Morse code

9:28pm

Wed September 18, 2013
Arts & Culture

An Ode to Morse Code

Morse Code key and coder
Julie Caine

For nearly a hundred years, Morse Code was the official language of international communication for ships in distress. Then, at the end of the twentieth century, it officially went silent on the world’s oceans, replaced by more modern technologies.

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6:35pm

Thu August 2, 2012
Ham radio

Before Chatroulette, there was ham radio

11-year-old Matthew Meyers operates a ham radio Field Day station under the guidance of Rob Riley, KI6INR, in Menlo Park - photo by Mike Meenan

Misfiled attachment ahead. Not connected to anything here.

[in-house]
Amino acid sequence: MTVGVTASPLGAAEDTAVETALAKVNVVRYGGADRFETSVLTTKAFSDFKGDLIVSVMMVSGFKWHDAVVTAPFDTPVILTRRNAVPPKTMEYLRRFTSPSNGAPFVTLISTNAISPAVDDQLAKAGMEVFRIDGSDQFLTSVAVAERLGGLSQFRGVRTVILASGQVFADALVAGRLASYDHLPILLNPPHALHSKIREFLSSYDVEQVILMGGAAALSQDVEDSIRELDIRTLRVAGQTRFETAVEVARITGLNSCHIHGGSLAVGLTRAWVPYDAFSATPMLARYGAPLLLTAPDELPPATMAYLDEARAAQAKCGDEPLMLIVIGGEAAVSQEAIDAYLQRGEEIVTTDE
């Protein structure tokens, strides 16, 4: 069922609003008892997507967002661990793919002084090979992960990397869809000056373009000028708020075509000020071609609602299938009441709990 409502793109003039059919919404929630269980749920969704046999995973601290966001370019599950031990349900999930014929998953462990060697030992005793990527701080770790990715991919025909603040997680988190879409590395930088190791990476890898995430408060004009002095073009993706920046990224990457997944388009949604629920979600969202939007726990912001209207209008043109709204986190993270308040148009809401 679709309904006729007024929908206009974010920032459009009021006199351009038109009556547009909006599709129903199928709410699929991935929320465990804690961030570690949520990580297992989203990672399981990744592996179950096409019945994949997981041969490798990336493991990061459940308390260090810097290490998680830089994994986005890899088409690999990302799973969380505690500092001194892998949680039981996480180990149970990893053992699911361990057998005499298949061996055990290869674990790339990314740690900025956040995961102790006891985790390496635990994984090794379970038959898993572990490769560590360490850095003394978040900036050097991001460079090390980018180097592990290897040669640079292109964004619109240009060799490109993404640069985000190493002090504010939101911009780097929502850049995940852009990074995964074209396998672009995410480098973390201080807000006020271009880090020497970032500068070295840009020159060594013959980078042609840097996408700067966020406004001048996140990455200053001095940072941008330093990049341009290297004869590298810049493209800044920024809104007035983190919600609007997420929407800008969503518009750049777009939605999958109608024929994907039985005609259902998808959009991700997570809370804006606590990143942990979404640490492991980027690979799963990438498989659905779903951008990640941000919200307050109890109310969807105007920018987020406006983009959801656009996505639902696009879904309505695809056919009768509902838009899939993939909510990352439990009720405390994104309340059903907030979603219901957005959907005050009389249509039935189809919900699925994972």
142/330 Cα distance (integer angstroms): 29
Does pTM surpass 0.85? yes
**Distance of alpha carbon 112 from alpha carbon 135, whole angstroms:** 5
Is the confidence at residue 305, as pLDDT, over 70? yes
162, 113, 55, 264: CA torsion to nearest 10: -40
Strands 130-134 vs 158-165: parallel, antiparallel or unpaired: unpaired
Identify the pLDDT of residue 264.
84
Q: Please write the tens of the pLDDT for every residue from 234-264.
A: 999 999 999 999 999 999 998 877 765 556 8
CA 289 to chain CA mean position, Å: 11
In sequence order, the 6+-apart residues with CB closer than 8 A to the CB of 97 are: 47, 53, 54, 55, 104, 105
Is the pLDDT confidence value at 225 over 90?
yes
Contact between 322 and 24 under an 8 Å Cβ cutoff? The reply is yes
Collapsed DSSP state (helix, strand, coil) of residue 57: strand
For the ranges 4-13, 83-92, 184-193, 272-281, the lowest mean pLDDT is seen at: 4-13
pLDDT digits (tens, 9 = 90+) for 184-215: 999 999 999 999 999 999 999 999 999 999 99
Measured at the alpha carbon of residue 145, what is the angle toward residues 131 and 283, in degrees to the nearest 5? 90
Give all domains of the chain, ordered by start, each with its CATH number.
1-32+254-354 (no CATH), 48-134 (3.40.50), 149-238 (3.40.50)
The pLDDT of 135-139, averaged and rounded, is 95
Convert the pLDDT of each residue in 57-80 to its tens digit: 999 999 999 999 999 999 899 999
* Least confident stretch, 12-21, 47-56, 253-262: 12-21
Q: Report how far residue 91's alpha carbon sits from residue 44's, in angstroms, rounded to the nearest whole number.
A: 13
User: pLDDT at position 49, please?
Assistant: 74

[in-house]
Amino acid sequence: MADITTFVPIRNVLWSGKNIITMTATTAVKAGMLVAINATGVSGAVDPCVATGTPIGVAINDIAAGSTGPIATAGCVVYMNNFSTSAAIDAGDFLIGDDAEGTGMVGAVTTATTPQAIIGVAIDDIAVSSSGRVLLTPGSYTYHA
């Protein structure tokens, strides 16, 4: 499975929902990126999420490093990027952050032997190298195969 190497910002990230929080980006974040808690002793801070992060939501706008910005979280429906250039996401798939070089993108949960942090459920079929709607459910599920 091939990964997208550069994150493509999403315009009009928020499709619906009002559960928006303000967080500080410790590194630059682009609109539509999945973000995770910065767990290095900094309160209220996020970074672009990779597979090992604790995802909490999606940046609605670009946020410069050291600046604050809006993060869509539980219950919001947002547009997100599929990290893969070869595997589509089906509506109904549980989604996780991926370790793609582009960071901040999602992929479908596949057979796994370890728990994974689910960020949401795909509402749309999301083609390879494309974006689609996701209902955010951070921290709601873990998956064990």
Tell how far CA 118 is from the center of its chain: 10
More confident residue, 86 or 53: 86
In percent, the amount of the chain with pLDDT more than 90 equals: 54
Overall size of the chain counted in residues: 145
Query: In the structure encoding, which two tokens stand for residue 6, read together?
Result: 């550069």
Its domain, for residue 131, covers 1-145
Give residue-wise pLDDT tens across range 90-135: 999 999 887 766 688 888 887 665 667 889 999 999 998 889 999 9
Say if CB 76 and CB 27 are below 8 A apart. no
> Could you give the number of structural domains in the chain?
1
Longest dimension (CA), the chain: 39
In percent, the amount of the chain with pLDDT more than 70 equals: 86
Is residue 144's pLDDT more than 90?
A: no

As you read this, a dead language is flying through the air all around you -- at least, it’s dead for most official uses. It’s the Morse code, a binary digital system that dates back to the 1850s. Among its primary users today are amateur radio operators, better known as hams. I am one of these and am proud to say I’m fluent in Morse. I was texting way, way before it was cool.

Ham radio is a pastime dating back more than a century. Hobbyists built transmitting and receiving equipment long before radio stations, such as KALW, went on the air.

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